A potential fall tornado outbreak may be setting up across portions of the Midwest and upper Mississippi River Valley this Thursday into Friday.
An deep trough an area of surface low pressure is forecast to develop across the Midwest and move northeast toward Minnesota by this weekend. As the low deepens, it is forecast to occlude somewhere near the North Dakota/Minnesota/Iowa border early Saturday. A warm front extending northeast into the Great Lakes will be the focus for some potential severe weather on Thursday, but Friday may be the biggest day with the greatest tornado potential.
The computer models are coming into better agreement with timing, although there are some details to resolve. A surface low is forecast to be located over Nebraska on Friday. Ahead of the low, an unstable air-mass with dew-points well into the 60’s is forecast to set the stage for severe weather. The focus points will be close to the low pressure center and its associated warm front. Near the Minnesota/Iowa border, the tornado “ingredients” appear to be most impressive, especially with the NAM model. Here, backing low level winds combine with good speed and directional shear aloft to strongly support rotating updrafts. Instability may be on the high side, especially if there is enough sunshine, as the NAM brings CAPE values to over 3000 J/kg over much of the area. Based on the latest data, I would think that northwest Iowa into southern Minnesota would stand the greatest risk to see tornadoes, and some of them could be strong, on the order of EF-2 or stronger.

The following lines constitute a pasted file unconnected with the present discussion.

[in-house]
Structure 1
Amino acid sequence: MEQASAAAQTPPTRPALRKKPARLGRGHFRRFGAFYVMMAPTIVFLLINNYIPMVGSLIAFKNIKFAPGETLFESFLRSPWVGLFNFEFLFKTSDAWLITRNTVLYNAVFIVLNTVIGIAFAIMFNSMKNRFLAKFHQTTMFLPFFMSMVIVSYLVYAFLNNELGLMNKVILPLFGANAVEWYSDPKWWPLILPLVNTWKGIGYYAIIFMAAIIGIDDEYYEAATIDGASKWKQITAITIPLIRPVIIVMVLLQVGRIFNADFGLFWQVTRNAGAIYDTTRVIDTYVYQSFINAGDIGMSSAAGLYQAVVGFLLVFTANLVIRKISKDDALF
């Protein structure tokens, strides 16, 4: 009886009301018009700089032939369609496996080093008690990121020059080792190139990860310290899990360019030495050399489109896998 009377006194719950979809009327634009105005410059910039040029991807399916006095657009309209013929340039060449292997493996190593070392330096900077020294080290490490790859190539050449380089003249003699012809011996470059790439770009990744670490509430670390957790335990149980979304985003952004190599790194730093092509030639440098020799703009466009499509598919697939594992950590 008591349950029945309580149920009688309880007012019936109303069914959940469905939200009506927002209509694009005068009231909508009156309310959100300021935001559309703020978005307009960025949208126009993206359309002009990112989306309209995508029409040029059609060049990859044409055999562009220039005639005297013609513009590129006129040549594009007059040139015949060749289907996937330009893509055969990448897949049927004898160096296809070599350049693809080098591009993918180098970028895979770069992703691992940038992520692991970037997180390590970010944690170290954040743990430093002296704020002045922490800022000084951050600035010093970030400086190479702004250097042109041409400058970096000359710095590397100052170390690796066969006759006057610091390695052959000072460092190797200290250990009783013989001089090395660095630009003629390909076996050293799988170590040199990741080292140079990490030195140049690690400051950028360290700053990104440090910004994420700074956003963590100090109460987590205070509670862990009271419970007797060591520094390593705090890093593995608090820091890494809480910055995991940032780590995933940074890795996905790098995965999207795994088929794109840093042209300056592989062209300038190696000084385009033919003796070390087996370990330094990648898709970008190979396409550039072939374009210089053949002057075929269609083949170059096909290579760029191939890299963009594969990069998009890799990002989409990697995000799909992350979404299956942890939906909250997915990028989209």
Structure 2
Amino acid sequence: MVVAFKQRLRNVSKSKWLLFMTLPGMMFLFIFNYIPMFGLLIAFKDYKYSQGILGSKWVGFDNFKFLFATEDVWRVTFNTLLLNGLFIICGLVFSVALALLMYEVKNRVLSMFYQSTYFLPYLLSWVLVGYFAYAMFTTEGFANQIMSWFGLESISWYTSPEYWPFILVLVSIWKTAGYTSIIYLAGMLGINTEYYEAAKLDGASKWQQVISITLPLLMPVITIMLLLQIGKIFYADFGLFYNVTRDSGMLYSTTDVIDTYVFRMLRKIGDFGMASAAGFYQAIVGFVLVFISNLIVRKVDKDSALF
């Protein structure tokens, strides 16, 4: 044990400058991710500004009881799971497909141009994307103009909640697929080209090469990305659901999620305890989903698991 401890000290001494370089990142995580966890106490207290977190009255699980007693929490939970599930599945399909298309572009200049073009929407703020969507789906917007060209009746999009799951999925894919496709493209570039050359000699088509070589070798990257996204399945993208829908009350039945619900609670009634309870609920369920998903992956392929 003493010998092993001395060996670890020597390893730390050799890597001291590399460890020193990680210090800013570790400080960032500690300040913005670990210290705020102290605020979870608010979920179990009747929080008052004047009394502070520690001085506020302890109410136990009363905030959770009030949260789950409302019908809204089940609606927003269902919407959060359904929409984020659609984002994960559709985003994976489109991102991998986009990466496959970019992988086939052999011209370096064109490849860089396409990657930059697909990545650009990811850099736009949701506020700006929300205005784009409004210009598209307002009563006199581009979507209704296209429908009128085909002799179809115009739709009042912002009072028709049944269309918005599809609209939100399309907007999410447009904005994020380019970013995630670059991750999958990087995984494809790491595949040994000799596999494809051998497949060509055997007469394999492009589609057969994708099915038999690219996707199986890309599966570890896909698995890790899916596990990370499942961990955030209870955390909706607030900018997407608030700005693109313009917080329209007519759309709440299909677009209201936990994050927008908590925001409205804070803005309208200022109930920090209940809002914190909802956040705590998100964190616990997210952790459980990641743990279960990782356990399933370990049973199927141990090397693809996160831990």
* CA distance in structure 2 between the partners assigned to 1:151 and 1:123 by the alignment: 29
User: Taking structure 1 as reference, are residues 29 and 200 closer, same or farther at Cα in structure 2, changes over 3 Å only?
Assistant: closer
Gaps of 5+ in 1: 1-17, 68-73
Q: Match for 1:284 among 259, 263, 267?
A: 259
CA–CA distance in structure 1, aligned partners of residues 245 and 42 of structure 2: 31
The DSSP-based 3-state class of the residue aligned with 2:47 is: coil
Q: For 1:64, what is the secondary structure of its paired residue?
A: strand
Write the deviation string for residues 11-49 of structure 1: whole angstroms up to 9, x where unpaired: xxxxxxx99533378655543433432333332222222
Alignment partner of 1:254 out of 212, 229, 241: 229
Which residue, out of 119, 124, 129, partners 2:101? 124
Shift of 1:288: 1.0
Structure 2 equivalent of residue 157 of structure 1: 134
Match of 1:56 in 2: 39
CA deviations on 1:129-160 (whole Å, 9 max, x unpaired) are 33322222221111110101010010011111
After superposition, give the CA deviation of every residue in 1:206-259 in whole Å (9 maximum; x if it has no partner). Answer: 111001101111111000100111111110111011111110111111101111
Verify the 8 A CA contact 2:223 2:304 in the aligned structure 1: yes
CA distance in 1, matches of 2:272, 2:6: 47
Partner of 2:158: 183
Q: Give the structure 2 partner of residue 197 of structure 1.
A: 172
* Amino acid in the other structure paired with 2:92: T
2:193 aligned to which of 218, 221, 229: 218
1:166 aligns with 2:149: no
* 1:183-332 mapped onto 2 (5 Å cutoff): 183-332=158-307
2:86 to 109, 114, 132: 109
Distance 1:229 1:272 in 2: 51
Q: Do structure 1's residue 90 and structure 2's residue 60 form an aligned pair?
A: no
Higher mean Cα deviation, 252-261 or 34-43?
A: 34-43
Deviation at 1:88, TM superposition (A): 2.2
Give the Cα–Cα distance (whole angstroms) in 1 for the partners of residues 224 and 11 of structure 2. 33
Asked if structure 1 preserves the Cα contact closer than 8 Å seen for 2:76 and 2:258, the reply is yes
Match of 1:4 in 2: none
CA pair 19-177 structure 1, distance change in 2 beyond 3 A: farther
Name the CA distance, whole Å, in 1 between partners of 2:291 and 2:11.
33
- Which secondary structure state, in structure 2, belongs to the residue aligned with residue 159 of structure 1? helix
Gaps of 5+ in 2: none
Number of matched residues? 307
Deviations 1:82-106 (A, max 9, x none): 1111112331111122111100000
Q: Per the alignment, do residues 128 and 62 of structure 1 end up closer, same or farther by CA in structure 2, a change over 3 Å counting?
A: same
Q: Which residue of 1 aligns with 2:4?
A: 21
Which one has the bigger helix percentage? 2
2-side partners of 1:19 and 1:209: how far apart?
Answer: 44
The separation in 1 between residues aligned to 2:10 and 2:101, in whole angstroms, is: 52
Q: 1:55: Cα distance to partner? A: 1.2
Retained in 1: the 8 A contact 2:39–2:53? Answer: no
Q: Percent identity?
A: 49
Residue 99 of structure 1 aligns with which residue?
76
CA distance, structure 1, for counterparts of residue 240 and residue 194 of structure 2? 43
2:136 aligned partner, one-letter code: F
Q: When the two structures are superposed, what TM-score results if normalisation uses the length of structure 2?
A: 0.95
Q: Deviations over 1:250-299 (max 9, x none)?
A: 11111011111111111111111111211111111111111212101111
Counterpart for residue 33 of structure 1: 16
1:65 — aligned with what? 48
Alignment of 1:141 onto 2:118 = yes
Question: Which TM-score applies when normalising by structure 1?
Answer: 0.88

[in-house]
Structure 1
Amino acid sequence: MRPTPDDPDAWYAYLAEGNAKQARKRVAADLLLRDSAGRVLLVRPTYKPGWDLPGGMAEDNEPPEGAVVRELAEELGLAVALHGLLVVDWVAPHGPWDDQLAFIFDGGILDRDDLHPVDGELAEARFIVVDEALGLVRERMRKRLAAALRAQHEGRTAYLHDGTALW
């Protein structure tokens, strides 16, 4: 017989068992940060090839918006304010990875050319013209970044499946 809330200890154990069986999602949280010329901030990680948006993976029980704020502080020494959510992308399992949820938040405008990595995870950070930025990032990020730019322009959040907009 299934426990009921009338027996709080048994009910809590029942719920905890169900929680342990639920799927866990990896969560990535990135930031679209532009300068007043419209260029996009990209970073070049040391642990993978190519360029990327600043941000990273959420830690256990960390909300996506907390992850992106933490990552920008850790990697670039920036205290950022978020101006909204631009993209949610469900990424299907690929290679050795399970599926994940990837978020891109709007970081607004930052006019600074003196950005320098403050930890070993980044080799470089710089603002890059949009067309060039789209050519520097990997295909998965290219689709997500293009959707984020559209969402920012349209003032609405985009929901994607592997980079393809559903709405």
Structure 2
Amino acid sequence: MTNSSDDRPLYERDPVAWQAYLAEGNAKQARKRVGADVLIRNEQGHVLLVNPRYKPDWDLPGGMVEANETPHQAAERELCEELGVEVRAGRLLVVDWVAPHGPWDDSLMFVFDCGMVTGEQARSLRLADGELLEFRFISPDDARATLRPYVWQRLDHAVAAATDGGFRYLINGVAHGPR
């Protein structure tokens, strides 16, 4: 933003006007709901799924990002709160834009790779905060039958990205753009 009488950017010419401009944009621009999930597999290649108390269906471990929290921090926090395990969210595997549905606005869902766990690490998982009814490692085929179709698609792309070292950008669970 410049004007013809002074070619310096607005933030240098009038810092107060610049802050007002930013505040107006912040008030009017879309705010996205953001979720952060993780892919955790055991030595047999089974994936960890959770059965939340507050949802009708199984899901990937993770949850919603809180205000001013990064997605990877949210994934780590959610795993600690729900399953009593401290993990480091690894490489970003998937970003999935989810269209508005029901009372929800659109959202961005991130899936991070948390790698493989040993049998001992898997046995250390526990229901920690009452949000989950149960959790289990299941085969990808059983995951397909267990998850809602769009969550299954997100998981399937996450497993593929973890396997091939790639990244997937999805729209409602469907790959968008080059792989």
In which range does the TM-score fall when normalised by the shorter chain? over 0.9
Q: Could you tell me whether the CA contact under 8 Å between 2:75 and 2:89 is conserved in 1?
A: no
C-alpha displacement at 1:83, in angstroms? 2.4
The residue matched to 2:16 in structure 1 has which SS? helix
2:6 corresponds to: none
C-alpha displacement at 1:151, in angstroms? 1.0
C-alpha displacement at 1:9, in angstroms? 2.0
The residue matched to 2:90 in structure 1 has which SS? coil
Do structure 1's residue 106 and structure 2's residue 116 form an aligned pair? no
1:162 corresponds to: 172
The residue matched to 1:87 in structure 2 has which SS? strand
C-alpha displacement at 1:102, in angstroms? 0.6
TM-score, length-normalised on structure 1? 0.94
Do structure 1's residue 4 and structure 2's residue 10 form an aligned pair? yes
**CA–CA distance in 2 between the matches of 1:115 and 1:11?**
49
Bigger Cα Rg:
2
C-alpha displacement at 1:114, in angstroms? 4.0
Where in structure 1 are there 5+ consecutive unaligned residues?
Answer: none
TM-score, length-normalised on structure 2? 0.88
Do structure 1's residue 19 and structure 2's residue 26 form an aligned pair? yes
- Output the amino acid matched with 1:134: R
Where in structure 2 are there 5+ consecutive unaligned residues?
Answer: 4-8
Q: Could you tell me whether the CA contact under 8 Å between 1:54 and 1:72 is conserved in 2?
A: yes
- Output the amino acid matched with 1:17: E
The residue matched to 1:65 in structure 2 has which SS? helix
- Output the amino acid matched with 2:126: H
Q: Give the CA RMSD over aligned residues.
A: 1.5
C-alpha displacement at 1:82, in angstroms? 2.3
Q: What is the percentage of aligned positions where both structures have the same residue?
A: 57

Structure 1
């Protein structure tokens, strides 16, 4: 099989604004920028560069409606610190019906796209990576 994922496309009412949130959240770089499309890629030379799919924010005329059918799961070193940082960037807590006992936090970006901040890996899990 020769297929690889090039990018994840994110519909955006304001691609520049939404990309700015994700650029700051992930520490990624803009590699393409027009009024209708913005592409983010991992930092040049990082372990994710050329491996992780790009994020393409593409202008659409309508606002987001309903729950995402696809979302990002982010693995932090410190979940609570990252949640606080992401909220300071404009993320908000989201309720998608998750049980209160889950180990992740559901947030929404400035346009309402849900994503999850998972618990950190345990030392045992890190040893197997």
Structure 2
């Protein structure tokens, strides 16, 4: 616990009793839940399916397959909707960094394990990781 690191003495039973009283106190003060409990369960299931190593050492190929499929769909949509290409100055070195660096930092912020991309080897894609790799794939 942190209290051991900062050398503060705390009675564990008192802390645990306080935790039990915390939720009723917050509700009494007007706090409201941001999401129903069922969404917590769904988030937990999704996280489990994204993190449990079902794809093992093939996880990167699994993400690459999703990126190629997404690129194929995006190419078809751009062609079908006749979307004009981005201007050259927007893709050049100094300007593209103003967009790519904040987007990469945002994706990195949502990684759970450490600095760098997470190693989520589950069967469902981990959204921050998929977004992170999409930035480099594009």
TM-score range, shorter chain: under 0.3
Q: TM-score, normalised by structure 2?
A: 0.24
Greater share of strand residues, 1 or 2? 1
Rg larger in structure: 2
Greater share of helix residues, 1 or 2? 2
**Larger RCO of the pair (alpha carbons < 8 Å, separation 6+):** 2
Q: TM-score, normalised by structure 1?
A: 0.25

There is still time for the setup to evolve and it’s especially the case this late in the year that daytime heating is critical. If any low-level moisture and/or clouds limit instability, then the severe threat may be mitigated. However, if the models are correct and we see strong wind shear coupling with higher levels of instability, then watch out.
I am tentatively planning on heading into Iowa on Friday for storm chasing, but I will obviously be watching the computer models very closely over the next 24 hours. For updates on my storm chasing adventures and thoughts for areas outside of Connecticut, follow my special Twitter account @stormchaserq.